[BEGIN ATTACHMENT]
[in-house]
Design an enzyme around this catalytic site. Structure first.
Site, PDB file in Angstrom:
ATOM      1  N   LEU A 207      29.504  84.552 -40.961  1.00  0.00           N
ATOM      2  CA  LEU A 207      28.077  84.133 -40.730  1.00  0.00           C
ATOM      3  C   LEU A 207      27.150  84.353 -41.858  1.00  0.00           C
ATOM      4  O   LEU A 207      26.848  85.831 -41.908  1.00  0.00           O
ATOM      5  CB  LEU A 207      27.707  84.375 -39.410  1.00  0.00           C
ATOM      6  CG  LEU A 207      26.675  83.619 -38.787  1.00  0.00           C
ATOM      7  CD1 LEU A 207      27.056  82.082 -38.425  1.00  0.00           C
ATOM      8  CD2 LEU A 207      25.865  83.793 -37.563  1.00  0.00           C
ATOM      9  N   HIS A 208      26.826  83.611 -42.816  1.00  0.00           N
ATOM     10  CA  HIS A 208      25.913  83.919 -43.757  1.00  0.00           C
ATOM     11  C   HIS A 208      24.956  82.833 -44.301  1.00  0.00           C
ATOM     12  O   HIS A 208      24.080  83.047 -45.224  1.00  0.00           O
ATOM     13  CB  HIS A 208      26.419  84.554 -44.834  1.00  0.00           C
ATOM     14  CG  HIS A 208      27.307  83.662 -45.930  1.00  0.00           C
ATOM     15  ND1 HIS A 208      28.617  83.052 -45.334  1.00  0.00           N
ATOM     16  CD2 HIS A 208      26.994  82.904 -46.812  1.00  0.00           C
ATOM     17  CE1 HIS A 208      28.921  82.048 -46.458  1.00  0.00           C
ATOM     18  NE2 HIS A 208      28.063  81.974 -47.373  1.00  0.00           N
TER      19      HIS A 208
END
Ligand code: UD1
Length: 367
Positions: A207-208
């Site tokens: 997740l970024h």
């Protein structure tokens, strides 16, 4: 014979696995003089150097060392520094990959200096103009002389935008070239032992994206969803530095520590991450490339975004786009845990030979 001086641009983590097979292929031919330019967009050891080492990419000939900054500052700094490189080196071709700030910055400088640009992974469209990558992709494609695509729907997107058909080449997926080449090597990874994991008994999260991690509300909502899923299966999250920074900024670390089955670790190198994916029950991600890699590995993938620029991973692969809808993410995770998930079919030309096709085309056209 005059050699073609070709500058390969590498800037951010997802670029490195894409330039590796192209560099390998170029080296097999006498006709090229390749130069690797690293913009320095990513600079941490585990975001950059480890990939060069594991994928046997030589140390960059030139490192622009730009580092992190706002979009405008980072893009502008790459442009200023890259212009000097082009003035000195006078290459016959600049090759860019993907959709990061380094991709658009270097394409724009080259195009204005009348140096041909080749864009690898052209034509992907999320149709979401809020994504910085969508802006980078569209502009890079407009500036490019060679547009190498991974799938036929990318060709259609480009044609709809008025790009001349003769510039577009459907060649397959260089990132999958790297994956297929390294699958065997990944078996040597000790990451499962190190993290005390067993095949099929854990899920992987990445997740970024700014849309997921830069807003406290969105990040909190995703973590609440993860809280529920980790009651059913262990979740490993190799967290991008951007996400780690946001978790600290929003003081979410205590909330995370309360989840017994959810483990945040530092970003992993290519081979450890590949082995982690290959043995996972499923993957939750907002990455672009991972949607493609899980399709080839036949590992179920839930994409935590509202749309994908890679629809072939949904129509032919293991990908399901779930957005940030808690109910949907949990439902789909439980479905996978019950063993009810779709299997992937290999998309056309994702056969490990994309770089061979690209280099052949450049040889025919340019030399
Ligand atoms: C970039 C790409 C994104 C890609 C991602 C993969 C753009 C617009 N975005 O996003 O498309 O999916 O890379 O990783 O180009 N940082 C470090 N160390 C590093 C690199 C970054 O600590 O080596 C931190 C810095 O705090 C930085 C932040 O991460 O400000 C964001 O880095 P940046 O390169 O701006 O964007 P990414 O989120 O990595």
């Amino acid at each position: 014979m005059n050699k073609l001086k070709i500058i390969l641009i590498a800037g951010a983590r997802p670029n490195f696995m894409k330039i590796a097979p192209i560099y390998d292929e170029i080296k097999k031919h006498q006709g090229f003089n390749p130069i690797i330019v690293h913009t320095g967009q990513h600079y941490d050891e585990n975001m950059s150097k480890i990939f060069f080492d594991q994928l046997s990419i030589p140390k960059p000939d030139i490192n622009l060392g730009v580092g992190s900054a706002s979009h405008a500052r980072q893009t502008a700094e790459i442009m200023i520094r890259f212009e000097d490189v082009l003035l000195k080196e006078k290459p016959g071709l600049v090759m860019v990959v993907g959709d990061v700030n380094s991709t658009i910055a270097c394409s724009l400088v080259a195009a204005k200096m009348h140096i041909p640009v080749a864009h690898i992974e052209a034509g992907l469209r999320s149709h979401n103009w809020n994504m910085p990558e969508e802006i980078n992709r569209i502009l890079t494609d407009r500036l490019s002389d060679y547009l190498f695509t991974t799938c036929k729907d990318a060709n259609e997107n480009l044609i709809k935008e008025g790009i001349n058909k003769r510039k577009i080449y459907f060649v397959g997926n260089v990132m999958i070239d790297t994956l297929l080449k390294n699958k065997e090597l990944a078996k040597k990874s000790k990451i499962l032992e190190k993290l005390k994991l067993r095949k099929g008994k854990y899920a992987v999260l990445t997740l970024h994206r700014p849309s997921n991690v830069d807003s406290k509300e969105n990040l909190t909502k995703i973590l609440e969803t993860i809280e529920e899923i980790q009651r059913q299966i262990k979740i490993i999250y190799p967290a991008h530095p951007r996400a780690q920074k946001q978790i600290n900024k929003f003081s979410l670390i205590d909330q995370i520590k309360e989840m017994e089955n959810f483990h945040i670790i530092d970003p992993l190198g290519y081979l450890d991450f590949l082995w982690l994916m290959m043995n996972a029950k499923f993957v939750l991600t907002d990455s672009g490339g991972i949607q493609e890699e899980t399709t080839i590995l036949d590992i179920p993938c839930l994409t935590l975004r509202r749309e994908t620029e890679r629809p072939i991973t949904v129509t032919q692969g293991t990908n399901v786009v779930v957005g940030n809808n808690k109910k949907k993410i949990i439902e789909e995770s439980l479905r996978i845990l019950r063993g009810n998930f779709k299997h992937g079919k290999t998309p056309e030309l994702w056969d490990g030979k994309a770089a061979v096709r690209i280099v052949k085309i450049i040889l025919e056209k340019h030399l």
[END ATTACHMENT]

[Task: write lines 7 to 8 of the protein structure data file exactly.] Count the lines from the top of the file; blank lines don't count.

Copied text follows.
ATOM      4  O   LEU A 207      26.848  85.831 -41.908  1.00  0.00           O
ATOM      5  CB  LEU A 207      27.707  84.375 -39.410  1.00  0.00           C